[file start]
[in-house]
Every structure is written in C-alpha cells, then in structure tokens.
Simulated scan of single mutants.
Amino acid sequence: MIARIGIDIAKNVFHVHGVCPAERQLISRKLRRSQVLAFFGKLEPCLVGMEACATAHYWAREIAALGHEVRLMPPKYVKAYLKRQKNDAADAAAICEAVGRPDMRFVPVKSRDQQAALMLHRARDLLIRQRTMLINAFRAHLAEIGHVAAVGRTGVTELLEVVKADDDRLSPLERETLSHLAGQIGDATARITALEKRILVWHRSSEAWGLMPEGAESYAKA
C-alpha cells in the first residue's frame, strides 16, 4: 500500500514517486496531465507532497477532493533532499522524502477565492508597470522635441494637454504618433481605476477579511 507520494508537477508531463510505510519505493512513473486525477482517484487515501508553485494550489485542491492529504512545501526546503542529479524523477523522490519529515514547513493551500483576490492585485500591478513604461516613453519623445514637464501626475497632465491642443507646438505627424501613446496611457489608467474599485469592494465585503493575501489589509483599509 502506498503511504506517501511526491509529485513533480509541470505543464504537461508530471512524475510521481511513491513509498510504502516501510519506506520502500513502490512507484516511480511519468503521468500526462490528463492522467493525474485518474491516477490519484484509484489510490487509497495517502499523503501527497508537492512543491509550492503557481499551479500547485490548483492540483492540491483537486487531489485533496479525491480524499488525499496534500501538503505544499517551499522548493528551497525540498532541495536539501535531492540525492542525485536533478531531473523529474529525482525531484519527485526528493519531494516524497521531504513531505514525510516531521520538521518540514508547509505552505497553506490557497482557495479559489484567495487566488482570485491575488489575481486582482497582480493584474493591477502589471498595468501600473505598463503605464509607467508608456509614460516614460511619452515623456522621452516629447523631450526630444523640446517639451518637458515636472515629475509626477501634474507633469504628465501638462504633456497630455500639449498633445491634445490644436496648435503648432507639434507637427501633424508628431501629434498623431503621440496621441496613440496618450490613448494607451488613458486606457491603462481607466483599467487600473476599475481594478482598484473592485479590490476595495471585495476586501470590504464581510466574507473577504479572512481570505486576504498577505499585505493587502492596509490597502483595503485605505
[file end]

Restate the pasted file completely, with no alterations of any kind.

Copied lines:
[in-house]
Every structure is written in C-alpha cells, then in structure tokens.
Simulated scan of single mutants.
Amino acid sequence: MIARIGIDIAKNVFHVHGVCPAERQLISRKLRRSQVLAFFGKLEPCLVGMEACATAHYWAREIAALGHEVRLMPPKYVKAYLKRQKNDAADAAAICEAVGRPDMRFVPVKSRDQQAALMLHRARDLLIRQRTMLINAFRAHLAEIGHVAAVGRTGVTELLEVVKADDDRLSPLERETLSHLAGQIGDATARITALEKRILVWHRSSEAWGLMPEGAESYAKA
C-alpha cells in the first residue's frame, strides 16, 4: 500500500514517486496531465507532497477532493533532499522524502477565492508597470522635441494637454504618433481605476477579511 507520494508537477508531463510505510519505493512513473486525477482517484487515501508553485494550489485542491492529504512545501526546503542529479524523477523522490519529515514547513493551500483576490492585485500591478513604461516613453519623445514637464501626475497632465491642443507646438505627424501613446496611457489608467474599485469592494465585503493575501489589509483599509 502506498503511504506517501511526491509529485513533480509541470505543464504537461508530471512524475510521481511513491513509498510504502516501510519506506520502500513502490512507484516511480511519468503521468500526462490528463492522467493525474485518474491516477490519484484509484489510490487509497495517502499523503501527497508537492512543491509550492503557481499551479500547485490548483492540483492540491483537486487531489485533496479525491480524499488525499496534500501538503505544499517551499522548493528551497525540498532541495536539501535531492540525492542525485536533478531531473523529474529525482525531484519527485526528493519531494516524497521531504513531505514525510516531521520538521518540514508547509505552505497553506490557497482557495479559489484567495487566488482570485491575488489575481486582482497582480493584474493591477502589471498595468501600473505598463503605464509607467508608456509614460516614460511619452515623456522621452516629447523631450526630444523640446517639451518637458515636472515629475509626477501634474507633469504628465501638462504633456497630455500639449498633445491634445490644436496648435503648432507639434507637427501633424508628431501629434498623431503621440496621441496613440496618450490613448494607451488613458486606457491603462481607466483599467487600473476599475481594478482598484473592485479590490476595495471585495476586501470590504464581510466574507473577504479572512481570505486576504498577505499585505493587502492596509490597502483595503485605505